The Good news... and Potential for Abuse

    The good news: An archiving service designed to call out politicians when they shoot themselves in the foot in 140 characters or less, helping ensure that the "Internet never forgets".

    The (potential) for abuse is: Politiwoops could start acting like Twitter's support staff when it comes to enforcing its ToS and doling out punishment (apparently if you're part of a certain clique/ideology or friend's of Twitter staff, you can get things which blatantly violate the site's ToS, while those the staff doesn't like/disagree with their 'friends' are often suspended or banned on... questionable grounds), and any mistakes/incendiary tweets politicians from Politiwoops' staff likes would be conveniently memory-holed by the service, leaving them looking squeaky-clean compared to the rest of the politicians using Twitter.

    Potential abuse aside: the idea of being able to go through a 'Best Hits of Trump's Outrage Tweets' does sound amusing.

    reply to this | link to this | view in chronology ]

  • identicon
    Anonymous Coward, 8 Jan 2016 @ 4:21pm

    Twitter support is also getting really bad about blind banning people for no reason due to agenda/spite driven spam reporting. Bans involving no violations of any rules.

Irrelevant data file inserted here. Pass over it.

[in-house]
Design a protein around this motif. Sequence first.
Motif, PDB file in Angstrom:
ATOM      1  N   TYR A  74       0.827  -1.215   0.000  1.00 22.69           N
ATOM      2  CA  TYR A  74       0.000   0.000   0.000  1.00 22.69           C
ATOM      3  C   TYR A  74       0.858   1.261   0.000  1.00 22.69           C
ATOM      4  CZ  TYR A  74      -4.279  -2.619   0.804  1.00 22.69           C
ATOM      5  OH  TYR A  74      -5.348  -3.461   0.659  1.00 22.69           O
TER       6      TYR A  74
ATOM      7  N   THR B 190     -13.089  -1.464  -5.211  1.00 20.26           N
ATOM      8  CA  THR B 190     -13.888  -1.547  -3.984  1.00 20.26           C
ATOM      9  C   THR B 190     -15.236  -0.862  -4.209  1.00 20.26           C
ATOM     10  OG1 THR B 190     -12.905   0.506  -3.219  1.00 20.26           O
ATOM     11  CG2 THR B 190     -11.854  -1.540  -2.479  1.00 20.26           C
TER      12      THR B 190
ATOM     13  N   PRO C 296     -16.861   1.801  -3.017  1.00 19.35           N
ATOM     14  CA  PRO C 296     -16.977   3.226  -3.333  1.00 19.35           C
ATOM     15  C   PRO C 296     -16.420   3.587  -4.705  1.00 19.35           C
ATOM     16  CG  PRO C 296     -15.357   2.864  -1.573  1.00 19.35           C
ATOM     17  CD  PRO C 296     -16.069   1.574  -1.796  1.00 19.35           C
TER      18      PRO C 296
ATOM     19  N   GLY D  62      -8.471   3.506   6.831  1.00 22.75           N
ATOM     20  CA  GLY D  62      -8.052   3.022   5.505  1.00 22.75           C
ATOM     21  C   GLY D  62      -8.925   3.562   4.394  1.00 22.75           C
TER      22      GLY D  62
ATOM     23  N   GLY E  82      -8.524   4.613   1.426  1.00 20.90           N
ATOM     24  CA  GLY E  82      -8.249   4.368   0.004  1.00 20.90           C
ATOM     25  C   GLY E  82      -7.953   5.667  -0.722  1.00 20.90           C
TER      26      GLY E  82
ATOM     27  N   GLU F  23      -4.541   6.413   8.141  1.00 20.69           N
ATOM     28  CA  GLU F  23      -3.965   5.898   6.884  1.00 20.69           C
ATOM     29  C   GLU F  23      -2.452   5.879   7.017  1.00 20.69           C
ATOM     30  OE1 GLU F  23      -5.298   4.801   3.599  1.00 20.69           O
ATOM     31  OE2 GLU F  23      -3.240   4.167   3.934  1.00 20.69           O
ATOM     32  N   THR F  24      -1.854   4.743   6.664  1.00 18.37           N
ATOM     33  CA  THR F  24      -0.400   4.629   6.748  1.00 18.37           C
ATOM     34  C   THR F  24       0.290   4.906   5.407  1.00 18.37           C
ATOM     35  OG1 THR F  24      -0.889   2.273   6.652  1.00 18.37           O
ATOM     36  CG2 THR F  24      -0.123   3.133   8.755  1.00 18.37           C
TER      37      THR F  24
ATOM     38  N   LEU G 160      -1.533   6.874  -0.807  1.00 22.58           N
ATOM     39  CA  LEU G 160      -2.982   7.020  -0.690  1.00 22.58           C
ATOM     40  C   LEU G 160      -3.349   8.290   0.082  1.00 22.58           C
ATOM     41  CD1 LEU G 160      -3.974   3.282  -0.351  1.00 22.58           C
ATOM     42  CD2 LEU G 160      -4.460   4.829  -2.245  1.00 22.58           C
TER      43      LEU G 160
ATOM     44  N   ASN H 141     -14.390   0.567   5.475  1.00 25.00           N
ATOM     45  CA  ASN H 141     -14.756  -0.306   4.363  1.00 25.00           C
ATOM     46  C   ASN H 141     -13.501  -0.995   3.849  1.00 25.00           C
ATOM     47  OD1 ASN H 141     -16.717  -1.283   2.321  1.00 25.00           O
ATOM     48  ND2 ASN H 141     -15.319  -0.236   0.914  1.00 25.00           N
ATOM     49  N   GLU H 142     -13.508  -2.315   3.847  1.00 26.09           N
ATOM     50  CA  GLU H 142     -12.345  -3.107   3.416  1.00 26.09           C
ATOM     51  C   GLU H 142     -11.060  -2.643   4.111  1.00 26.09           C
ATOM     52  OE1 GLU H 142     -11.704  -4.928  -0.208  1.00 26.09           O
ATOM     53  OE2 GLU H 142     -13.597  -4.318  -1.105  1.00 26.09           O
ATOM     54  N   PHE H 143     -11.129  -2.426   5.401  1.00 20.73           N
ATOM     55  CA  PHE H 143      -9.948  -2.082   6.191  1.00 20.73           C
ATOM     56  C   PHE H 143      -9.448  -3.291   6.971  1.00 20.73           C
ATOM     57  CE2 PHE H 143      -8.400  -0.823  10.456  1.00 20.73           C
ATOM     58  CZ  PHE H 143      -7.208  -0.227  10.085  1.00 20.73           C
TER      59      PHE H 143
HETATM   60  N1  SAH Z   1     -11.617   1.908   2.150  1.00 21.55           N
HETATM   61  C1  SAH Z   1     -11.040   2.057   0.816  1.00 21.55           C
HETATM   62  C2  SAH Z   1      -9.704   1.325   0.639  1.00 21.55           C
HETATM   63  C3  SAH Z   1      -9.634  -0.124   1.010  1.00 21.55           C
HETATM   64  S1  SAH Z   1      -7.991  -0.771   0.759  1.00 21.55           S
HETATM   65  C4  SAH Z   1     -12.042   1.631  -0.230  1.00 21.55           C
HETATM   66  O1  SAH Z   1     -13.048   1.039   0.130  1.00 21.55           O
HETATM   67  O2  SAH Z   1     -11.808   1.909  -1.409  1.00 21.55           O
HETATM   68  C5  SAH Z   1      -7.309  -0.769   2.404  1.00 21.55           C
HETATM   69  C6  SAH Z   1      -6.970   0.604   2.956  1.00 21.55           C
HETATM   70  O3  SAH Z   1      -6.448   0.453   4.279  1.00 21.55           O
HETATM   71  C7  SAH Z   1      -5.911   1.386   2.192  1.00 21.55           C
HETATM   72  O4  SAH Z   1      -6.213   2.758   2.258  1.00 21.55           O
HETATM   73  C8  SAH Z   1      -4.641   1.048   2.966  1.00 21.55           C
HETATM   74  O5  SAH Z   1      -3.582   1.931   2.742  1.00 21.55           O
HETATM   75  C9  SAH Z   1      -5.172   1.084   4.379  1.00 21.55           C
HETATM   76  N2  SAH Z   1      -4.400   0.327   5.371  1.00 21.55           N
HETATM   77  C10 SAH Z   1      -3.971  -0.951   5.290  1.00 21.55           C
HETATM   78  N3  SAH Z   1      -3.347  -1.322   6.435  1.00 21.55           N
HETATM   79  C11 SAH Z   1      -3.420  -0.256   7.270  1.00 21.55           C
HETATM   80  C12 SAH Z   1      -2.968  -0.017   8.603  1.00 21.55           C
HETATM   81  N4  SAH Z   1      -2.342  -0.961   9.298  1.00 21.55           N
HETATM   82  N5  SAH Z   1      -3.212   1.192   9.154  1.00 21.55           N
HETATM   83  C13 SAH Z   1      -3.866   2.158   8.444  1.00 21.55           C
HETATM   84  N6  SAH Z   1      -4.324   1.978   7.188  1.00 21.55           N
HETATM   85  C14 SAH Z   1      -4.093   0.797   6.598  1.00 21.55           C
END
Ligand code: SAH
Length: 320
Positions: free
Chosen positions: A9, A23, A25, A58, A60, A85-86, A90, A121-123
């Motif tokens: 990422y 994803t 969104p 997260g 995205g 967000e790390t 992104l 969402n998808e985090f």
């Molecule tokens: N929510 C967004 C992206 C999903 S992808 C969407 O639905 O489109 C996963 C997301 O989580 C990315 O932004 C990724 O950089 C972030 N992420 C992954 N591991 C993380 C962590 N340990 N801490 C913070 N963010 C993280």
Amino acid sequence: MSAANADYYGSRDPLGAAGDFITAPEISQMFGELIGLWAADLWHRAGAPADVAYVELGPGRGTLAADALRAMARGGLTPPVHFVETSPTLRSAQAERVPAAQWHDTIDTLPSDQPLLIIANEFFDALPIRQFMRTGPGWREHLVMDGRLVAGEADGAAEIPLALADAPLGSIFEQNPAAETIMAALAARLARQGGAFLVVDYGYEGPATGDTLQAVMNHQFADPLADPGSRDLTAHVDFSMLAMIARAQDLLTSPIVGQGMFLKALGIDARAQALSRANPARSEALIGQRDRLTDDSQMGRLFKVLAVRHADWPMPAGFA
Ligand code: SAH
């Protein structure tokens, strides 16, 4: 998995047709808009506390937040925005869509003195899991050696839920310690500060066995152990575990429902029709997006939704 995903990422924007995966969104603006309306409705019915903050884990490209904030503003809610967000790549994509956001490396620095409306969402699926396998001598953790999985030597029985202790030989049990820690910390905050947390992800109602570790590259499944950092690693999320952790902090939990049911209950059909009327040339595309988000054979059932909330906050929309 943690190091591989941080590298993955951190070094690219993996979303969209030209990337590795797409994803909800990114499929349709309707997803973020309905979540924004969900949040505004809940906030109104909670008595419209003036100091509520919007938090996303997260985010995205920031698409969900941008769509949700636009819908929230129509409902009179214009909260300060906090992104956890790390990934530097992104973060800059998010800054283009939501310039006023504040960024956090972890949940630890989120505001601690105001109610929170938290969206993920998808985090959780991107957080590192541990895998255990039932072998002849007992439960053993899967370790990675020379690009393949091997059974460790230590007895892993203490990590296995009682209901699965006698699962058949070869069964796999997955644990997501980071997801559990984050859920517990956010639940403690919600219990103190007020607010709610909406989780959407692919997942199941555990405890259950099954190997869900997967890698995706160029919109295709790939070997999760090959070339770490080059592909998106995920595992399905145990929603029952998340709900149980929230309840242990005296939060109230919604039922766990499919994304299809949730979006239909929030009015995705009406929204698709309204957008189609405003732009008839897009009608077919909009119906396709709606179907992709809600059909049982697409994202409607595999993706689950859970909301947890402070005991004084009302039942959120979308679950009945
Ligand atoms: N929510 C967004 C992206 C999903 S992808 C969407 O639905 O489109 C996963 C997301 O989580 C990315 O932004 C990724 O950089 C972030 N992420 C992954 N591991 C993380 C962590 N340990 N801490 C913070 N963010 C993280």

Similar to DMCA on Youtube, when no copyright has been breached.

    reply to this | link to this | view in chronology ]

  • icon
    That Anonymous Coward (profile), 8 Jan 2016 @ 8:04pm

    Twitter wonders why they are slipping as a platform.

    Powerful people angry - kill the service that shows they can be dumbasses.

    Loud complaints of harassment - kill the accounts they point us at while ignoring that those complaining often use the same tactics they decry.

    Lets force people to see moments - strip any urls so people don't leave our platform & only have a 140 character view of anything.

    Its been reported that Twitter has been testing shuffling peoples timelines based on hotness rather than time. Someone post something unflattering? Just get something else to trend hotter and bury the bad.

    One does hope they get past their growing pains and the return of Poltiwoops shows that sometimes cooler heads prevail. In a world where there are many tools to make up fake tweet screenshots, a trusted source is required and Poltiwoops fills that space.

    reply to this | link to this | view in chronology ]

  • icon
    Coyne Tibbets (profile), 9 Jan 2016 @ 5:44am


    I'd love to know just what is in the agreement that Twitter, Sunlight Foundation, and Open State Foundation are so chippy-enthused about. Anyone think it's likely there's now a pay-for-service agreement where politicos can get rid of really embarrassing statements for a price?

    reply to this | link to this | view in chronology ]

  • icon
    Not an Electronic Rodent (profile), 10 Jan 2016 @ 7:57am

    If Twitter is a platform chiefly about inter-expression, then hiding any of that expression is antithetical to its very purpose
    The "Twitter platform" is chiefly about making large wads of cash, surely? In that case deleting "controversial" stuff would make perfect sense, right?

    reply to this | link to this | view in chronology ]